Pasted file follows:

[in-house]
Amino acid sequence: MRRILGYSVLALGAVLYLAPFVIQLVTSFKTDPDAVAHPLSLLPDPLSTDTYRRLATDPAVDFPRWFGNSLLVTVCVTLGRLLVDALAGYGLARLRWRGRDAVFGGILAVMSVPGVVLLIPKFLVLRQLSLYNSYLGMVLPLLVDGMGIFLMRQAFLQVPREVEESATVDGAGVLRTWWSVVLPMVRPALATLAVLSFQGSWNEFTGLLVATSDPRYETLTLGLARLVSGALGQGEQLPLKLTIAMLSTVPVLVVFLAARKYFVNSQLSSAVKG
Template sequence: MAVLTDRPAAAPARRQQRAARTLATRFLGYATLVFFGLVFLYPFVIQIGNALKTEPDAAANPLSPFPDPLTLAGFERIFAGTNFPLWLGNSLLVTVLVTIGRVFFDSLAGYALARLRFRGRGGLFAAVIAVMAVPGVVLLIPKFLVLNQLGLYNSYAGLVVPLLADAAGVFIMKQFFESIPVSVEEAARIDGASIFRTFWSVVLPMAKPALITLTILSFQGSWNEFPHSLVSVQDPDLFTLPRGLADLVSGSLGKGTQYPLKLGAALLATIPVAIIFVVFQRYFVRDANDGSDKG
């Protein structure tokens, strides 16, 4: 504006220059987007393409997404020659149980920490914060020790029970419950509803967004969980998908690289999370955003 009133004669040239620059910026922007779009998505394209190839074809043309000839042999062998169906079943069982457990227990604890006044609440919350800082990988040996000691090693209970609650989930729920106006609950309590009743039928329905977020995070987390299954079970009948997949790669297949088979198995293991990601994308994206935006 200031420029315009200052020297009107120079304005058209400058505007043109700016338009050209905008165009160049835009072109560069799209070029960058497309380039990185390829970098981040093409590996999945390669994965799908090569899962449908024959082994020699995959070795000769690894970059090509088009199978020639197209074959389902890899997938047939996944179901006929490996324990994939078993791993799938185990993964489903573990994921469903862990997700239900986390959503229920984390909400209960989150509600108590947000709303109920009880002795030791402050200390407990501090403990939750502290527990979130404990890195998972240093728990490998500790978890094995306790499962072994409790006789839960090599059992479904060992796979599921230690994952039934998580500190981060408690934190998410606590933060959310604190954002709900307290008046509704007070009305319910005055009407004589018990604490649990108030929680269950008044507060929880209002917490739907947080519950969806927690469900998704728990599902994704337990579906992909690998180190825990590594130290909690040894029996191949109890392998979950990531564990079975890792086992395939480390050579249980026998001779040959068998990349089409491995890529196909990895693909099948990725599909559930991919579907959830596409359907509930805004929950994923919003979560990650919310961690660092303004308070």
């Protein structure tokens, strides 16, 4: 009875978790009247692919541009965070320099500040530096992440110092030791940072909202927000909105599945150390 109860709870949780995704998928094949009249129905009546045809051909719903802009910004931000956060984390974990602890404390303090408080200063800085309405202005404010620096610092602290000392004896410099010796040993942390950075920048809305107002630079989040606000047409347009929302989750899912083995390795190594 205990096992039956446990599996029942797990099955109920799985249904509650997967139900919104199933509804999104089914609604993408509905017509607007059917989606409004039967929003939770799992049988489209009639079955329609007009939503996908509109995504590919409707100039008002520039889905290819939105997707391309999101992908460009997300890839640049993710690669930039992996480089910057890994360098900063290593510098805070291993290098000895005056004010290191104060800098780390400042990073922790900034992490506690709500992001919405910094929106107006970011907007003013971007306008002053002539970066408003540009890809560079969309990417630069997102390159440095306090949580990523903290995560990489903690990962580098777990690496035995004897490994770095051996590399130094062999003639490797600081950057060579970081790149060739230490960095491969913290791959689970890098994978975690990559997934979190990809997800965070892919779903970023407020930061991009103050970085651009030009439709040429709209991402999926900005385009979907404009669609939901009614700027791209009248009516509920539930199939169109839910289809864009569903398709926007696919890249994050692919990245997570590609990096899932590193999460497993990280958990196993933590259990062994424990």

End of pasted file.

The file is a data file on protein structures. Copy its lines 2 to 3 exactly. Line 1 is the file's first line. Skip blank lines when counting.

Amino acid sequence: MRRILGYSVLALGAVLYLAPFVIQLVTSFKTDPDAVAHPLSLLPDPLSTDTYRRLATDPAVDFPRWFGNSLLVTVCVTLGRLLVDALAGYGLARLRWRGRDAVFGGILAVMSVPGVVLLIPKFLVLRQLSLYNSYLGMVLPLLVDGMGIFLMRQAFLQVPREVEESATVDGAGVLRTWWSVVLPMVRPALATLAVLSFQGSWNEFTGLLVATSDPRYETLTLGLARLVSGALGQGEQLPLKLTIAMLSTVPVLVVFLAARKYFVNSQLSSAVKG
Template sequence: MAVLTDRPAAAPARRQQRAARTLATRFLGYATLVFFGLVFLYPFVIQIGNALKTEPDAAANPLSPFPDPLTLAGFERIFAGTNFPLWLGNSLLVTVLVTIGRVFFDSLAGYALARLRFRGRGGLFAAVIAVMAVPGVVLLIPKFLVLNQLGLYNSYAGLVVPLLADAAGVFIMKQFFESIPVSVEEAARIDGASIFRTFWSVVLPMAKPALITLTILSFQGSWNEFPHSLVSVQDPDLFTLPRGLADLVSGSLGKGTQYPLKLGAALLATIPVAIIFVVFQRYFVRDANDGSDKG